On Oct. 1, the day the government shut down and the “Obamacare” insurance exchanges opened, I asked my college freshmen what they thought about Obamacare. Their answers remind me of those that talk-show host Jimmy Kimmel got when he asked on-the-street interviewees whether they preferred Obamacare or the Affordable Care Act. (They are, of course, the same thing.)
Like Kimmel’s people on the street, my students knew very little about Obamacare, which is a way of saying that they’re fairly typical Americans.
One student complained that no one should be forced to buy anything, failing to understand an essential principle of insurance: A larger risk pool will lower his cost for a service that he will need eventually.
Others asserted vaguely that Obamacare would increase health-care costs, although they weren’t clear how or why.
One articulate young guy blurted out that Obamacare is socialism! But he admitted that the televisions in his home are tuned to Fox News 24/7.
Finally, another student, who had uttered hardly a word all semester, said he was glad Obamacare was being implemented. He’d been injured and sick before without health insurance, and there was no way he could pay the bills.
In fact, if you accept the persuasive premise that health insurance is essential to affording medical care in our country, it’s clear that most of my students will benefit from Obamacare, whether they realize it or not. Here’s why:
USA Today reported last week that 15 percent of Americans don’t have health insurance. My students happen to live in Texas, which has an uninsured rate of 22.5 percent, the highest in the nation.
Furthermore, the great majority of my students are Hispanics, the ethnic group with the highest uninsured rate. According to the Kaiser Family Foundation, 1 in 3 non-elderly Hispanics have no health coverage. In Texas, the rate is higher — around 37 percent, according to the Texas Medical Association.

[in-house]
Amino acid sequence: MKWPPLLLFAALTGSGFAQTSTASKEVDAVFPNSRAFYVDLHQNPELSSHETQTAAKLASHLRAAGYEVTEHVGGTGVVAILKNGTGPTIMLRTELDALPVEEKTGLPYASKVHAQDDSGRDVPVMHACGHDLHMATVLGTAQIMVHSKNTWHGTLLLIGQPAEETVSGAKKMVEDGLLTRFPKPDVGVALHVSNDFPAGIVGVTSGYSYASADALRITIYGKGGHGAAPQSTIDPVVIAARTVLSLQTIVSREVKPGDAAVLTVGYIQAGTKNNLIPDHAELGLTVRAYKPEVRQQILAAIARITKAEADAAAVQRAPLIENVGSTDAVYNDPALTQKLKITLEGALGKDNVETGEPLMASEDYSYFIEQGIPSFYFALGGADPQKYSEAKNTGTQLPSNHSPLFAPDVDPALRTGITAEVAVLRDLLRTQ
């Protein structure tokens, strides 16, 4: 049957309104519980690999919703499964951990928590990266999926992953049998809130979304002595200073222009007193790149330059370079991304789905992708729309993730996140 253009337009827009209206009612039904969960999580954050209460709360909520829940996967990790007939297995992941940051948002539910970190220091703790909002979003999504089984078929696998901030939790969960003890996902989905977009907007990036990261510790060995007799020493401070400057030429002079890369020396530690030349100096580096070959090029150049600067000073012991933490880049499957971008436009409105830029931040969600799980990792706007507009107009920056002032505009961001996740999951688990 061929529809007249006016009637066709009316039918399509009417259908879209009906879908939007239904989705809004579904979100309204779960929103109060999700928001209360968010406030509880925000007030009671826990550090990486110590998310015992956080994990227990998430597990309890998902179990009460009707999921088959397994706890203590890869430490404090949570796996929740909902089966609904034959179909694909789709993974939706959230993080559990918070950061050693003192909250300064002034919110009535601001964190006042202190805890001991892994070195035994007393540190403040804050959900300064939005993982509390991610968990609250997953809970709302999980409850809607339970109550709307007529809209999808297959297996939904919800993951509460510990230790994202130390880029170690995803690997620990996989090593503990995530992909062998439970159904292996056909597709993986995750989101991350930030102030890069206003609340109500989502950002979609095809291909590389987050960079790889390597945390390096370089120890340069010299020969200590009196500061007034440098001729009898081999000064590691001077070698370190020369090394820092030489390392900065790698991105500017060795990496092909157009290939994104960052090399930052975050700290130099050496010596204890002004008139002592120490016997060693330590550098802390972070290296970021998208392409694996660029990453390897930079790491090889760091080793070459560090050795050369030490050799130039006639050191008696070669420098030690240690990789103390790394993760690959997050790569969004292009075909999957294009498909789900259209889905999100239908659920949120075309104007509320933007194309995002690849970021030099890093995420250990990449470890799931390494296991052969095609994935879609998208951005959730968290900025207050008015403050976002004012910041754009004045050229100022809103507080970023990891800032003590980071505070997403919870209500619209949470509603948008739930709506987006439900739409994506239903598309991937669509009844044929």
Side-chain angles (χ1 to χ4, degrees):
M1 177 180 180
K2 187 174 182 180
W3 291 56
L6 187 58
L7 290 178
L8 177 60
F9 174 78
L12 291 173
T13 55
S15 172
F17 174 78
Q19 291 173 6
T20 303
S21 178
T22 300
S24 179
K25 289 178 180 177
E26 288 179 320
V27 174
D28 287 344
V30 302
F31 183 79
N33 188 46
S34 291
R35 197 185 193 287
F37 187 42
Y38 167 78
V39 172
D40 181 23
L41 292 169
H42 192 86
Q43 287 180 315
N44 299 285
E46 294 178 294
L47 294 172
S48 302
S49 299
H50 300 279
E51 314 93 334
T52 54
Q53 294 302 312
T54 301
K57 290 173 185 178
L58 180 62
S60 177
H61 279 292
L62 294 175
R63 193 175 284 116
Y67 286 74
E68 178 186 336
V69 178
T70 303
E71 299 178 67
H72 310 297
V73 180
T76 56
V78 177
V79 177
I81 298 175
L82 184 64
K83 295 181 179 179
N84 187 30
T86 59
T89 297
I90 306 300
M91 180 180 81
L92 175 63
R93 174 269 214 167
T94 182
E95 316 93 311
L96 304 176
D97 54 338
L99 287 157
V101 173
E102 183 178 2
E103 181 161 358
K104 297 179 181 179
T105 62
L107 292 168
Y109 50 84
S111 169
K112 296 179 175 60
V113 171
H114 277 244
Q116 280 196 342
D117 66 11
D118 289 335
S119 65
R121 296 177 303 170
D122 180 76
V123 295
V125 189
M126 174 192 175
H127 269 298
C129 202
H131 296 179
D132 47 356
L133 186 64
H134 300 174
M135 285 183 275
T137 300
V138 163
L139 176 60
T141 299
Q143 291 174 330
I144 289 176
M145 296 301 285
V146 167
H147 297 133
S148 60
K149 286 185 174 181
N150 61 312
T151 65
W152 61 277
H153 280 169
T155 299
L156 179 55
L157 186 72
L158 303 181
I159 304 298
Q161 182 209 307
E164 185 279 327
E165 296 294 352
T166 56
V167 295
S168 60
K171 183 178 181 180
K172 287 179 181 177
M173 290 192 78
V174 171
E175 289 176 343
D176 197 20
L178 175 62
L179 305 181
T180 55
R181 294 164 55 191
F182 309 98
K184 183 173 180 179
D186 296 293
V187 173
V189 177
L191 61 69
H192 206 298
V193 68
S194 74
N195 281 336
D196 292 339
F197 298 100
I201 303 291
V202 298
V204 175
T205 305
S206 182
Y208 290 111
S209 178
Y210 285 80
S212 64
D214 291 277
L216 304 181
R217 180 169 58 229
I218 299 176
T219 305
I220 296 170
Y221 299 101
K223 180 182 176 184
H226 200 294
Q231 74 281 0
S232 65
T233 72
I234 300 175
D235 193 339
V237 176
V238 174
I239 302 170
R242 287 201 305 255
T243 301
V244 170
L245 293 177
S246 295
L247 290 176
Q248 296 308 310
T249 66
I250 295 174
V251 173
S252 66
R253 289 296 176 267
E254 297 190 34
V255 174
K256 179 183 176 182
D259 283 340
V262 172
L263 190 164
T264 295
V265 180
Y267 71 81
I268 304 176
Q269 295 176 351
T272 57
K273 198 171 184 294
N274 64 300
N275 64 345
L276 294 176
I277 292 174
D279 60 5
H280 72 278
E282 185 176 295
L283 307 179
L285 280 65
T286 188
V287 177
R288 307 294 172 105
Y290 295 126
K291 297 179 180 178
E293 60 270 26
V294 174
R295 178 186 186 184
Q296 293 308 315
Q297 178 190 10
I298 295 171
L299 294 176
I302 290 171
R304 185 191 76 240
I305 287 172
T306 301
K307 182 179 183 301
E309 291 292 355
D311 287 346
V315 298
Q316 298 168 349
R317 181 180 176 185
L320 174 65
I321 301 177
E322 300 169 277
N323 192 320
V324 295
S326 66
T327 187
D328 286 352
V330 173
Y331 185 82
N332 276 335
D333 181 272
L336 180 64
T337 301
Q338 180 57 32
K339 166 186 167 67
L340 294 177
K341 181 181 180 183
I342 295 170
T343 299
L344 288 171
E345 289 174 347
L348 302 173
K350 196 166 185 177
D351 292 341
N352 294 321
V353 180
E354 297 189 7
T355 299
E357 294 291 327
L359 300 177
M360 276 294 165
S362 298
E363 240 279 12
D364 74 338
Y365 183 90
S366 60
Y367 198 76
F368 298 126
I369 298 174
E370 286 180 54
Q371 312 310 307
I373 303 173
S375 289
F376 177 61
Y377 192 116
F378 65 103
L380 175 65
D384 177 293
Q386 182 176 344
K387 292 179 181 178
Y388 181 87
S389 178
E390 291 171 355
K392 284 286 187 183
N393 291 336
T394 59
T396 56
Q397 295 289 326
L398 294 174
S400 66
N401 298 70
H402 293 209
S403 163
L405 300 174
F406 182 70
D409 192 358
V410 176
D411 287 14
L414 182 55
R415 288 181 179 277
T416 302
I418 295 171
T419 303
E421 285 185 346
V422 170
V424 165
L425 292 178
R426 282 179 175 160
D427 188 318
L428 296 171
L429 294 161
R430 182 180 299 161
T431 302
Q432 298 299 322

My students, mostly young and mostly healthy, have trouble understanding that their need for health care is virtually inevitable; without insurance, bankruptcy is a real possibility.
Nor do they know that American health-care costs are higher per capita than in most other Western countries, but that our medical outcomes aren’t necessarily better.
In short, Obamacare may be far from perfect, but even if it’s only partially successful, it will be an improvement and a small step in the direction of what citizens of many Western nations enjoy, systems of universal coverage that regard health as a basic right of citizenship rather than a profit center.
So, indulge my assertion that Obamacare is going to be good for my students — whether they know it yet or not — as well as for millions of others who are currently uninsured because they can’t afford it and for many others who are denied coverage because of pre-existing conditions. Many Americans will have access to a privilege of civilized life that they’ve never had before.
Which is why, as many have pointed out, Republicans oppose Obamacare enough to bring the government to a partial shutdown and to threaten to default on the country’s financial obligations. They understand that even partial success for Obamacare will undercut a primary Republican goal, the diminishment of Obama’s presidency and the destruction of his legacy.
And Obamacare’s success will make Republican achievement of the White House in 2016 very, very difficult. No wonder Obamacare became the point of contention that led to the shutdown and threatens default.
Republicans contend that Americans don’t really want Obamacare, a proposition undercut by the 8.6 million who flocked to the exchanges the day they opened. But at this point, Americans’ opinions in polls don’t really matter, do they? Obamacare has been duly enacted into law, and Republicans’ efforts to subvert the law by extortion are terribly undemocratic.
So, let’s insure my under-insured students, give Obamacare a chance and see how we like it in a couple of years.